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Calcium and Vitamin D Increase Bone Density in Crohn's Patients

A study published on the website of the American Gastroenterological Association journal Clinical Gastroenterology and Hepatology in February 2005, found that adding the bone building drug etidronate to a regimen of calcium and vitamin D in Crohn's disease patients did not result in any additional improvement in bone mineral density. Treatment of Crohn's disease with corticosteroid drugs and the poor nutrition that results from the disease causes diminished bone mass and increased fracture risk. Calcium and vitamin D are routinely given to Crohn's disease patients to improve bone density.

In the current study, researchers from the University of Alberta randomly assigned 154 patients with Crohn's disease and osteopenia or osteoporosis to receive 400 milligrams etidronate or no drug for two weeks, followed by a 76 day period during which both groups received 500 milligrams calcium and 400 international units vitamin D. This treatment was repeated 8 times over a two year period. Bone mineral density was measured at the beginning of the study and at 6, 12 and 24 months.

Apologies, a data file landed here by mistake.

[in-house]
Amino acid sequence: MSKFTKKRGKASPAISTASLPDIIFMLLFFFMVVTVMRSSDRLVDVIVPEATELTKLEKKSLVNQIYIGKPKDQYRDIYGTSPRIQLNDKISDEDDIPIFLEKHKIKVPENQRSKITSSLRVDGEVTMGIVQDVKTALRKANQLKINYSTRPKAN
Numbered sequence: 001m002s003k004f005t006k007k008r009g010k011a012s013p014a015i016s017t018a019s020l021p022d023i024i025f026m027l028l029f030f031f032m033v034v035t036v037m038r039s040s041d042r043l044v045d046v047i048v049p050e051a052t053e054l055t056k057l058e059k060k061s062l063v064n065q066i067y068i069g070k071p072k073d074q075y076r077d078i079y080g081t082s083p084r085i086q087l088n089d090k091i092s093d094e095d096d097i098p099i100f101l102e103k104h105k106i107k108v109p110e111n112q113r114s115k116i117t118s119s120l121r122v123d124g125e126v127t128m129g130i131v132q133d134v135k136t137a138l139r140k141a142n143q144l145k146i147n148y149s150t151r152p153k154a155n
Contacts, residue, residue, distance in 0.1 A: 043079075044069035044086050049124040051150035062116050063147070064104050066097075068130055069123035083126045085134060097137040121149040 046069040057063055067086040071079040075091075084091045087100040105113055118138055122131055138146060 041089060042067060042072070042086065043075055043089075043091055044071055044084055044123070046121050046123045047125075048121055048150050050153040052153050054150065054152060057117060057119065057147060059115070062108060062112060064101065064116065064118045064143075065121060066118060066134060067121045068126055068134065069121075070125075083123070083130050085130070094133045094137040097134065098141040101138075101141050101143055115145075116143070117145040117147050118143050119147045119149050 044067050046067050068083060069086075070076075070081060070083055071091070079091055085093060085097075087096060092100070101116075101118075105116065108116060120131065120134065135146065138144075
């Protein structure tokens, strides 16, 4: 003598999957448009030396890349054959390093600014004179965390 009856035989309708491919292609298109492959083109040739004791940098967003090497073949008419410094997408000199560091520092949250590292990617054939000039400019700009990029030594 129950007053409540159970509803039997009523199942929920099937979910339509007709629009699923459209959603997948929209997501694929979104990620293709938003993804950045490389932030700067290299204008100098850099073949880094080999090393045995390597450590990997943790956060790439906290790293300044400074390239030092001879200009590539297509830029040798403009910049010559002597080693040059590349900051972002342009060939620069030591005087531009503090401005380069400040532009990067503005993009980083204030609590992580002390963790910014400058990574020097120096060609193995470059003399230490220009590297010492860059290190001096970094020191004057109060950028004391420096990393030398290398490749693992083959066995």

Bone mineral density improved in both drug-treated and nontreated participants by 3 to 4 percent per year. At 24 months, bone mineral density had significantly increased in the lumbar spine, distal radius and trochanter, but not in the hip. There was no improvement observed in those who received etidronate in comparison to participants who did not receive the drug.

Study author Richard Fedorak, MD, commented, "Calcium and vitamin D therapy alone provide benefit to Crohn's patients who suffer from osteoporosis and osteopenia. We encourage physicians to look for loss of bone density in high risk patients with Crohn's disease and to start calcium and vitamin D therapy immediately if there is either osteoporosis or osteopenia."

The results of other trials currently testing the effect of newer bone-building drugs in Crohn's disease patients will be available in 2006.


Clinical Gastroenterology and Hepatology, Feb, 2005, American Gastroenterological Association www.cghjournal.org

Key concepts: calcium, vitamin D, osteoporosis, osteopenia, etidronate